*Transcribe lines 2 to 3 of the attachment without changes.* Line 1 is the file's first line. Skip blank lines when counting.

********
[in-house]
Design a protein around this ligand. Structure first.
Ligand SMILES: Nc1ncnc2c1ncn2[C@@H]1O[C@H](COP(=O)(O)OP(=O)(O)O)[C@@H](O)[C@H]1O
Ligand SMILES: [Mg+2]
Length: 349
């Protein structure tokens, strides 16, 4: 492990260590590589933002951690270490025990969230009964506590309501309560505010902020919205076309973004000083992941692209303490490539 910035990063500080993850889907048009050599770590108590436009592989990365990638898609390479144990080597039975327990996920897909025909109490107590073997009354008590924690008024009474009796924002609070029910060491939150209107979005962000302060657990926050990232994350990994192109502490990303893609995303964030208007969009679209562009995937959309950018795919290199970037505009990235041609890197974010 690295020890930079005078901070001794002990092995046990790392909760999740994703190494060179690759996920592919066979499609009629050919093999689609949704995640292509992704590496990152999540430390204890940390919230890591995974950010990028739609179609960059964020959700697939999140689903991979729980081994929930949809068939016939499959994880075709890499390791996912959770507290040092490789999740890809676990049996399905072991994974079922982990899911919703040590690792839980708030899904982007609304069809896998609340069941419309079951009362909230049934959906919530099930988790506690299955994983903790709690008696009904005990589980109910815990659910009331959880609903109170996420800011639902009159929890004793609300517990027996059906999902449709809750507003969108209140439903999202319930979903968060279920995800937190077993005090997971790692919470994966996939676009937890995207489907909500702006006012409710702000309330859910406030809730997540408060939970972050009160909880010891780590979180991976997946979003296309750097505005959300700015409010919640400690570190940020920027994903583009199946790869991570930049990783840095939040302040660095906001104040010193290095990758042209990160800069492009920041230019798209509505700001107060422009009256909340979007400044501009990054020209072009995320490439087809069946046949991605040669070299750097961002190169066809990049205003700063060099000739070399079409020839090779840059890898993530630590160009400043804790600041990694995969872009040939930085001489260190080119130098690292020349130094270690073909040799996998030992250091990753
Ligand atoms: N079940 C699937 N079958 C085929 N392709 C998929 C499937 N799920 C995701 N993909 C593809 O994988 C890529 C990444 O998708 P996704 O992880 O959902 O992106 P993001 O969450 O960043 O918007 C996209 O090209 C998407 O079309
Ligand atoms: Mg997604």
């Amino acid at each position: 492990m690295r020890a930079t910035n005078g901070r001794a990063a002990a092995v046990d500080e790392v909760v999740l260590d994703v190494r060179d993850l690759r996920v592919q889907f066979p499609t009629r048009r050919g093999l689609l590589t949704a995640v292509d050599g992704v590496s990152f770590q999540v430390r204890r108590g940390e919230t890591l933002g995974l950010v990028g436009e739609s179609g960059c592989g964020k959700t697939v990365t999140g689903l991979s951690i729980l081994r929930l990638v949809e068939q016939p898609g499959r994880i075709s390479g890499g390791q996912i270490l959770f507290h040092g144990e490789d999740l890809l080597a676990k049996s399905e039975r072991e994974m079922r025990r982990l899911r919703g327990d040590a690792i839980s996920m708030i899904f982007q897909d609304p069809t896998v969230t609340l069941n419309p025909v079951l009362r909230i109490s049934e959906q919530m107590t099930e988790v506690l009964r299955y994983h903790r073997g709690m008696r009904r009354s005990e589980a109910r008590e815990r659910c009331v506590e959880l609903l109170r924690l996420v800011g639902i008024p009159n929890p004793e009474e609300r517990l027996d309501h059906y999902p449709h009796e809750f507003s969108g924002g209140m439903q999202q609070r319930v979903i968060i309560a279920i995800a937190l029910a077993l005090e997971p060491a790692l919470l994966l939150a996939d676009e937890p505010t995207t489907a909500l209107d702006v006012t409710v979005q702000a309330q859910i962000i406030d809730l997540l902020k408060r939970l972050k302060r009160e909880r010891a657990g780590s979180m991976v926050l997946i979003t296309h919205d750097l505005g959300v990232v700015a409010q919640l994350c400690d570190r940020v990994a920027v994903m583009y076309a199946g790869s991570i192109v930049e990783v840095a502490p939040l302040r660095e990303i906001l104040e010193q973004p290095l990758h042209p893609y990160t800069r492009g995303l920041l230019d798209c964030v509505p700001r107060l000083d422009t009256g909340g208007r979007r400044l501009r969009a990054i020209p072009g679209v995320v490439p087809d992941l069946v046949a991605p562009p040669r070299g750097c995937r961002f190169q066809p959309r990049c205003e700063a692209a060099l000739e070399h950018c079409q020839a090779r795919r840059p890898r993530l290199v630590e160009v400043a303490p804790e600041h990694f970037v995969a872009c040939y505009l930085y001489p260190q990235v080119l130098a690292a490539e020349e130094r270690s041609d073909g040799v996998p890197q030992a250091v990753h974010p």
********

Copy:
Design a protein around this ligand. Structure first.
Ligand SMILES: Nc1ncnc2c1ncn2[C@@H]1O[C@H](COP(=O)(O)OP(=O)(O)O)[C@@H](O)[C@H]1O